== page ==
The EDDA Research Center at the University of Iceland hosts an international conference titled The Future of Deliberation. Exploring Political, Social and Epistemic Control. The conference will take place on 3 June 2023 in Veröld – House of Vigdís at the University of Iceland. This is the concluding event of the Democratic Constitutional Design (DCD) Research Project which received a Grant of Excellence from the Icelandic Research Fund and whose principal investigator is Jón Ólafsson.
The hope that broad public deliberation and greatly increased public engagement in policy- and decision-making will lead to large scale democratic reform – even bring about democratic renewal that may pull liberal democracy out of its current crisis – has characterized democratic theory and democratic innovations for some time. However, in spite of intense grassroots activity and worldwide interest in democratic reform, the opposite seems to be the case. Trends toward authoritarianism have grown, also inside the borders of stable representative democracy – populism has become a fixture in the political landscape even in countries that have remained strongly committed to welfare and political equality. The conference will explore the future of deliberation as a key component of democratic innovation and reform, critically question innovations and the ideal of deliberation itself.
See programme below.
The conference was preceded by a two-day closed workshop. PDF of workshop and conference programme is available here.
The Future of Deliberation. Exploring Political, Social and Epistemic Control
3 June 2023
University of Iceland, Veröld – House of Vigdís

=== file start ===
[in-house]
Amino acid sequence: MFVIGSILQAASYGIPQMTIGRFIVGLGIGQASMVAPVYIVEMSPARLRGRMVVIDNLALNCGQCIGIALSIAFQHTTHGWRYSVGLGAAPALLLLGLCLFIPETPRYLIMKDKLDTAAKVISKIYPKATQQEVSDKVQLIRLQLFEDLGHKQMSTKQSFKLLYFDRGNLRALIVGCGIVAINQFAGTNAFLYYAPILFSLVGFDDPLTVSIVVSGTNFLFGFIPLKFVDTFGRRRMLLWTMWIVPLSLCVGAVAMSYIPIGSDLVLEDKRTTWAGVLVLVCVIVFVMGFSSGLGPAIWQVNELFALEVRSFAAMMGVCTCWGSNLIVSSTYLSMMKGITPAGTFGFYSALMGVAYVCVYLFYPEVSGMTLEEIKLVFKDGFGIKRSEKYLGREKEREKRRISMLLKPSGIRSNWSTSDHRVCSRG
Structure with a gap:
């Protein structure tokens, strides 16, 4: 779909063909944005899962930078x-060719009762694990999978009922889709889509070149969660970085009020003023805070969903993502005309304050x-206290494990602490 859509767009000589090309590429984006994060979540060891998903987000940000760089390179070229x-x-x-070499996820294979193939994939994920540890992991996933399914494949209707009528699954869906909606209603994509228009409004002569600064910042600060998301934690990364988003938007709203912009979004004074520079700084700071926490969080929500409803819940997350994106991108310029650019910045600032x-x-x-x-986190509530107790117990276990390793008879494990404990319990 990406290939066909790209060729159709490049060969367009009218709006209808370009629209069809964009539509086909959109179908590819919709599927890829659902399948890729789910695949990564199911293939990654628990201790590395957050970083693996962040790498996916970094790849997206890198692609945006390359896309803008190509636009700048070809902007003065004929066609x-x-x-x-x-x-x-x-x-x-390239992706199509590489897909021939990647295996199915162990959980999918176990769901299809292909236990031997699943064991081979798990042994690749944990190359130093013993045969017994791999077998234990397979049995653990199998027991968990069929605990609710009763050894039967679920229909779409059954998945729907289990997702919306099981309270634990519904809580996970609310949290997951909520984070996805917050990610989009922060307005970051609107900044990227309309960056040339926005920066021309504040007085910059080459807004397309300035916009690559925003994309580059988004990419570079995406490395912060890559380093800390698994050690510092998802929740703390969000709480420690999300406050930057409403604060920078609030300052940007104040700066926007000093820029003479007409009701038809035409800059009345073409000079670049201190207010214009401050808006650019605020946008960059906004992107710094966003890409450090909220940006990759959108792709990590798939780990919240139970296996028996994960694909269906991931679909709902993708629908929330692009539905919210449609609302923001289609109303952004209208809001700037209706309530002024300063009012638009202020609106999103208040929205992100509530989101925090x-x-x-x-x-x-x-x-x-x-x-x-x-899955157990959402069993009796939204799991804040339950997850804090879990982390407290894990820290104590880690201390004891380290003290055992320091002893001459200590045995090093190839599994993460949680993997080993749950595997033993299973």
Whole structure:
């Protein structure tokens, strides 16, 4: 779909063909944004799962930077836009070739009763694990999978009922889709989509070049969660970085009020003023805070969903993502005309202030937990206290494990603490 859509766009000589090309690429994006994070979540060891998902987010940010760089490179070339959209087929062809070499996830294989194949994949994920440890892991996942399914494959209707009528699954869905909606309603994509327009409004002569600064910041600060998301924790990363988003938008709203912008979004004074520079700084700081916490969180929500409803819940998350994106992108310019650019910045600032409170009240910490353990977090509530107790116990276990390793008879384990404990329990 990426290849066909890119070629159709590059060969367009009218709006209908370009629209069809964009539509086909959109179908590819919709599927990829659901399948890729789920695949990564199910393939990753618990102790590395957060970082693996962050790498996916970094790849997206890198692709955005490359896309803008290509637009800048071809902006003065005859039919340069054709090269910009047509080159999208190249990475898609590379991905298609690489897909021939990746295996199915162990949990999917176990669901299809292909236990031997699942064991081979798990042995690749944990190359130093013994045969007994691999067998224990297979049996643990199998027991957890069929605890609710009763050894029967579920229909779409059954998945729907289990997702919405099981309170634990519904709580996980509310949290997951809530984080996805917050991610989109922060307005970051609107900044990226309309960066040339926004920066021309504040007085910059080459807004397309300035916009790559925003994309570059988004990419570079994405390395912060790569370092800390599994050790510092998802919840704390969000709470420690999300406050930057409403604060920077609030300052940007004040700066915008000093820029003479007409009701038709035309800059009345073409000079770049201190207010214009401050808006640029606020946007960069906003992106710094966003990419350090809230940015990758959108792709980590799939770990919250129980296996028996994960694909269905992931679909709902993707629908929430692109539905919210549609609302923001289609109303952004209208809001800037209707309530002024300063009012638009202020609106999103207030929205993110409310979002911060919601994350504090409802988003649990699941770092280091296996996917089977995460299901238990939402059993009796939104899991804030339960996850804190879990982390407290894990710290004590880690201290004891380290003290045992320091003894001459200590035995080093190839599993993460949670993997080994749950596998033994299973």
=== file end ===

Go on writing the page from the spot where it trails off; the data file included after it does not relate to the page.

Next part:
Presentations of Doctoral candidates
Sævar Finnbogason: Sortition and Democratic Legitimacy
Valgerður Björk Pálsdóttir: Democratic Innovations. Legitimacy, Impact and Policymakers
Eileen Jerrett: Storytelling, Cultural Understanding and Constitutional Design
Milica Minić: Democratic Accountability. Promises and Challenges
Jeremias Schledorn: Redescription as a Challenge for Democratic Deliberation
Jenny Fadranski: Liveable Futures. Social Aesthetic Practice and Democratic Agency
Iceland‘s “Crowdsourced Constitution”. Where Is It?
Kári Hólmar Ragnarsson: The “New Constitution” as Corpse, Zombie, and Mutant
Viktor Orri Valgarðsson: Perspectives from an Activist Academic
Keynote: The Civic Value of Solitude
Robert Talisse, Vanderbilt University
Discussions of civic virtue tend to focus on the public and collective aspects of democratic citizenship. “This is what democracy looks like” is typically the caption to a photo of citizens publicly assembled to express a common political sentiment. Democracy indeed needs an active citizenry. However, democracy also needs citizens to be reflective. And common modes of collective democratic action can dismantle our reflective capacities. It turns out that there are certain civic virtues that can be cultivated and exercised only in solitude.
Keynote: Intercultural Praxis and Democratic Constitutional Design in Ecuador
Cricket Keating, University of Washington
Ecuador’s 2008 constitution has deservedly garnered much attention for the groundbreaking ways that it redefines the state, the economy, and the family with innovative political concepts such as plurinationalism, buen vivir (living well), and the diverse family. This essay explores ways that different social movement groups involved in the Constituent Assembly process shaped these ideas and concepts through a praxis of epistemic pluralism marked by intercultural dialogue and deliberation, intra–cultural critique and analysis, and coalitional visioning.
Keynote: What Kind of Epistemology Is Required for Democratic Renewal?
Just Serrano Zamora, University of Málaga
Current attempts at responding to the crisis of liberal democracies through democratic renewal have been limited in many ways. In my talk, I will argue that citizens’ epistemological orientations often play a crucial role in this limitation. To illustrate this point, I will show how current populist and liberal epistemologies tend to undermine the radical potential of current endeavours to promote political participation. Finally, I will consider an alternative epistemological orientation that better suits the project of democratic renewal.